Help the children in your care develop a positive sense of self-worth

Confidence and good self-esteem are two of the greatest gifts you can bestow upon a young child. Having faith in your abilities fosters a healthy form of independence and a willingness to engage in unfamiliar situations or to connect with new people without the hindrance of fear or doubt. Being comfortable with who you are and your place in the world can lead to a lifetime of academic, personal, and professional success.

As adults who spend a lot of time with small children and are familiar with social and emotional development, caregivers are in an ideal position to teach confidence and self-esteem to the children in their care.

Fostering a positive sense of self-worth is a great responsibility and a huge challenge for caregivers. However, helping children feel good about themselves prepares them to go out into the world, contribute to their community, work toward their goals, and forge valuable connections with others.

The value of self-worth

A sense of self starts early in life; a baby looks to their caregivers for cues about how and when people respond to their needs.

In the beginning, paying attention to the unique needs of each baby as an individual can help form their feelings of having a specific identity, and that identity is worthy of recognition. As they grow older, consider the following suggestions to help establish a positive view of self-worth:

  • Provide choices: Show the children in your care that you trust their judgment and value their opinion by empowering them to make choices whenever it is practical and possible. From deciding on which center they can play at to taking turns choosing a book for story time, these small concessions on the part of an adult allow a child to feel recognized and understood.
  • Let them try: Sure, everything can take longer when you let a young child attempt a new skill without help but trying – and failing – can help develop a sense of independence and teach the importance of persistence. Ask children to help set out or put away materials, or encourage them to hang their coats or backpacks up as they arrive. Small successes result in a can-do attitude.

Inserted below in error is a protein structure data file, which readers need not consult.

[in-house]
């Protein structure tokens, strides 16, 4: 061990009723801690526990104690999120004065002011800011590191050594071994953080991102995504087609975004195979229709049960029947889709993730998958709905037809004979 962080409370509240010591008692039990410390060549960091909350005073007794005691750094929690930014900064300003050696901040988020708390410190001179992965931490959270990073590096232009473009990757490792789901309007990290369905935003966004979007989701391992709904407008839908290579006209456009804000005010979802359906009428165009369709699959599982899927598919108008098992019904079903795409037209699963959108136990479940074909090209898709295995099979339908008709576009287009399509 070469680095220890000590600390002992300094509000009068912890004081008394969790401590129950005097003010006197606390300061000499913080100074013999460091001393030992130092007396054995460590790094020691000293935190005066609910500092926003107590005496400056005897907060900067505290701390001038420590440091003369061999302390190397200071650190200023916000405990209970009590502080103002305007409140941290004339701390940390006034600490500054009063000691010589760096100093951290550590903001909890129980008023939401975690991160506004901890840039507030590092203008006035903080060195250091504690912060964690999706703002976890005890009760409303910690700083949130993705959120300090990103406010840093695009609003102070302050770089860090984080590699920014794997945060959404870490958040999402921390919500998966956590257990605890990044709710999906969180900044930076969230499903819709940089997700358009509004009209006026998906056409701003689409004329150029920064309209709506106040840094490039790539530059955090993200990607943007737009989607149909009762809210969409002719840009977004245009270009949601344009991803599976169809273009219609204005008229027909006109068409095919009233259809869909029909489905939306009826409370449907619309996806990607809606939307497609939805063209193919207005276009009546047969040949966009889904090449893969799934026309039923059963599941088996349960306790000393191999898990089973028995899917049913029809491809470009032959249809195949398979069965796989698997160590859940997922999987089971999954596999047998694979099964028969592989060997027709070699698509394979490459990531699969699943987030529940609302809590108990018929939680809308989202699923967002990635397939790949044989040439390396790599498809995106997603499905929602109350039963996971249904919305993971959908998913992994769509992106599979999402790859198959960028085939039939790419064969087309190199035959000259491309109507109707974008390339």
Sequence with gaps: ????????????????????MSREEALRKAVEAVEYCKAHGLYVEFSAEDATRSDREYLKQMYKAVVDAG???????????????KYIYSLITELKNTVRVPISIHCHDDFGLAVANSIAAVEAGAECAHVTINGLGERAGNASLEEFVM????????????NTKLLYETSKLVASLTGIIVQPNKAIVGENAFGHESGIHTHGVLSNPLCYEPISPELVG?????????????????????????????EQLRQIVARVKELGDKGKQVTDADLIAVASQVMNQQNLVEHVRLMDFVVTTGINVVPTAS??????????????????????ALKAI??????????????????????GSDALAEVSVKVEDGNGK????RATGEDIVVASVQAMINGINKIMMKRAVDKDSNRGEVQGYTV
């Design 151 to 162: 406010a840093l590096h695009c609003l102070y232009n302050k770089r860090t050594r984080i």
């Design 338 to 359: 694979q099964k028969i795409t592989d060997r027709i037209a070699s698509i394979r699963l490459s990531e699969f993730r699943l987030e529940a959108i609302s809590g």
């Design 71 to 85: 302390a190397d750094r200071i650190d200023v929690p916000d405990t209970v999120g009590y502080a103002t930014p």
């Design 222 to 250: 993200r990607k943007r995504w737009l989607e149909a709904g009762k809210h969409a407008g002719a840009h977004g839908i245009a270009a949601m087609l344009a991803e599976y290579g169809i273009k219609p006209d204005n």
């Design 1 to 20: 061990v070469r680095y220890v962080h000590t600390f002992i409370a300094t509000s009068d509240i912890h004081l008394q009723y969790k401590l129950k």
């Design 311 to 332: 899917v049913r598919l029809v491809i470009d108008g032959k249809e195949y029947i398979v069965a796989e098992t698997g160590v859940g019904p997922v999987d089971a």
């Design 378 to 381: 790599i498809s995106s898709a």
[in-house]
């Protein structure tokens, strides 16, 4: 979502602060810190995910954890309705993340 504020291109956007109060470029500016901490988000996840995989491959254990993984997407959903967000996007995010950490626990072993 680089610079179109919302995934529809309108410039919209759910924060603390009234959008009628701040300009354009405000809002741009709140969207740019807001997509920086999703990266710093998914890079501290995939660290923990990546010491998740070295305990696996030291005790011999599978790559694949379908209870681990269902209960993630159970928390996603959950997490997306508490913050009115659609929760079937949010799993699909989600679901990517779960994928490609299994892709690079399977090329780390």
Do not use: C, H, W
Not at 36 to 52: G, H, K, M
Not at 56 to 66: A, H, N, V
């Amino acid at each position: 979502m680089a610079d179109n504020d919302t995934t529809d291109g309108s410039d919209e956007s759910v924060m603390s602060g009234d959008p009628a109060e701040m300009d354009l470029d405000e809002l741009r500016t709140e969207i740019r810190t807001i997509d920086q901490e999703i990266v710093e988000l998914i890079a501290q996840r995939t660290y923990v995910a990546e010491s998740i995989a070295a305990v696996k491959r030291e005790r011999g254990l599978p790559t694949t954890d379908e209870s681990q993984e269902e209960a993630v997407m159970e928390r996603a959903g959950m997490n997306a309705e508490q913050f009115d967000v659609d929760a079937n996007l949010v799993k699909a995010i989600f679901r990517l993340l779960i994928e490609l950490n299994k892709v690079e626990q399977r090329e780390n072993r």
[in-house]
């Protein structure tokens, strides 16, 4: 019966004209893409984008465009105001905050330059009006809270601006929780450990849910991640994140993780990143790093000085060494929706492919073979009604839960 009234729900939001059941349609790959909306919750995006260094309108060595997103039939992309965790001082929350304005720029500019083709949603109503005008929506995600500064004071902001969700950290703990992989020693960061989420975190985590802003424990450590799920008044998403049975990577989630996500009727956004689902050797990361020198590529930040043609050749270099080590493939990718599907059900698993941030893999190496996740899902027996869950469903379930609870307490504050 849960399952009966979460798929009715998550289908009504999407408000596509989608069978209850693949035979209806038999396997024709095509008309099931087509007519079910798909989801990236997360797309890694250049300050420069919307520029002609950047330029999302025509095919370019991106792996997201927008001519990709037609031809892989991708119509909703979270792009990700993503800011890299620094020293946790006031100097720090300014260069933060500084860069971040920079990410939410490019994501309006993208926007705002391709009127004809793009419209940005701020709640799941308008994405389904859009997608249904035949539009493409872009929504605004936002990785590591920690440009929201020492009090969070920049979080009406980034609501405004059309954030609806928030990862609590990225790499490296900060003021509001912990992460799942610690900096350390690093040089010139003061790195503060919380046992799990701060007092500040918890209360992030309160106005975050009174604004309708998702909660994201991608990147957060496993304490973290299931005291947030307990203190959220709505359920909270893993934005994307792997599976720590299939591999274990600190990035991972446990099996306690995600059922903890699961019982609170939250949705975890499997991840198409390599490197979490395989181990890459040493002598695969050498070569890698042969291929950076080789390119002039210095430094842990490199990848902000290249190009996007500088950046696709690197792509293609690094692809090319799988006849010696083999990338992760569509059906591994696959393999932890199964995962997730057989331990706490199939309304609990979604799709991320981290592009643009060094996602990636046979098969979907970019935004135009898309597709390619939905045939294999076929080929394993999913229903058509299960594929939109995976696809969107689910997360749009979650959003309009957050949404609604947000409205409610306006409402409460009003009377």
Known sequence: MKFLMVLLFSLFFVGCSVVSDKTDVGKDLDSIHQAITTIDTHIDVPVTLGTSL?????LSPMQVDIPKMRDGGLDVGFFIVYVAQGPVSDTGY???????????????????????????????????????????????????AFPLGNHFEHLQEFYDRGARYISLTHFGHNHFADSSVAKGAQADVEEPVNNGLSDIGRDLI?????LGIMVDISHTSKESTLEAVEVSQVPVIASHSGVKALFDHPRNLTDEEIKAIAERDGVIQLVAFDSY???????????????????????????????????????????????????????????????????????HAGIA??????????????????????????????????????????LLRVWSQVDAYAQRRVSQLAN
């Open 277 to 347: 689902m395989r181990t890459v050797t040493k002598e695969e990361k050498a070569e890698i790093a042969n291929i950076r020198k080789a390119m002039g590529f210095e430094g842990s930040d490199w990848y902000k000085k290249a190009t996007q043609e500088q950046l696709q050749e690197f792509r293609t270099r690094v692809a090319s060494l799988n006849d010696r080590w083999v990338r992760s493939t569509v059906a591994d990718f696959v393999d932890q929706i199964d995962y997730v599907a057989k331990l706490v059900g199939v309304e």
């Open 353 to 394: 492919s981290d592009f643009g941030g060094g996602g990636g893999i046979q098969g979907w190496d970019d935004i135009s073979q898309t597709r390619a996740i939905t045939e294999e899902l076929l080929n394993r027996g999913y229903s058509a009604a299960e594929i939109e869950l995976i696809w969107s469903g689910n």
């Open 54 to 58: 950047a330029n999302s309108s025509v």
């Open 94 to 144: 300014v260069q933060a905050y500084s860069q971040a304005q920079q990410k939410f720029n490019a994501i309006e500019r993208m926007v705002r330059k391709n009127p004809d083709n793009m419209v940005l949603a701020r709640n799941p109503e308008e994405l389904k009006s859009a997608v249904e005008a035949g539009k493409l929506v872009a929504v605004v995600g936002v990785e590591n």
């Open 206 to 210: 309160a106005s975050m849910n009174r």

• Honest feedback: Praise is important, so catch a child being good and point it out with appreciation and gratitude. However, understanding that making mistakes is a normal part of growth is also essential. Learning how to process small setbacks or failures is a gentle and supportive way to teach resilience. Make sure the children in your care know that perfection isn’t expected and doesn’t affect their worth.
  • Teach integrity: Although it’s a big concept for little people, a foundational understanding of integrity and how to realize it can serve children well for a lifetime. Teach children to be honest, model how and when to apologize, demonstrate kindness and compassion, and help them learn manners. Living a good life goes a long way toward believing in who you are and how you fit into the world.

When you spend a lot of time around children, it’s easy to see the unique qualities that make each one lovable and valued. It’s slightly more challenging to make them recognize those traits in themselves, but it’s one of the most important jobs you can do as an influential adult in their lives. Treat the children in your care as respected individuals and help them grow long-lasting confidence and self-esteem.

The Virginia Infant & Toddler Specialist Network helps improve the quality of care for infants and toddlers through extensive resources, services, and education for caregivers. Learn more about how we can help you improve the standard of care.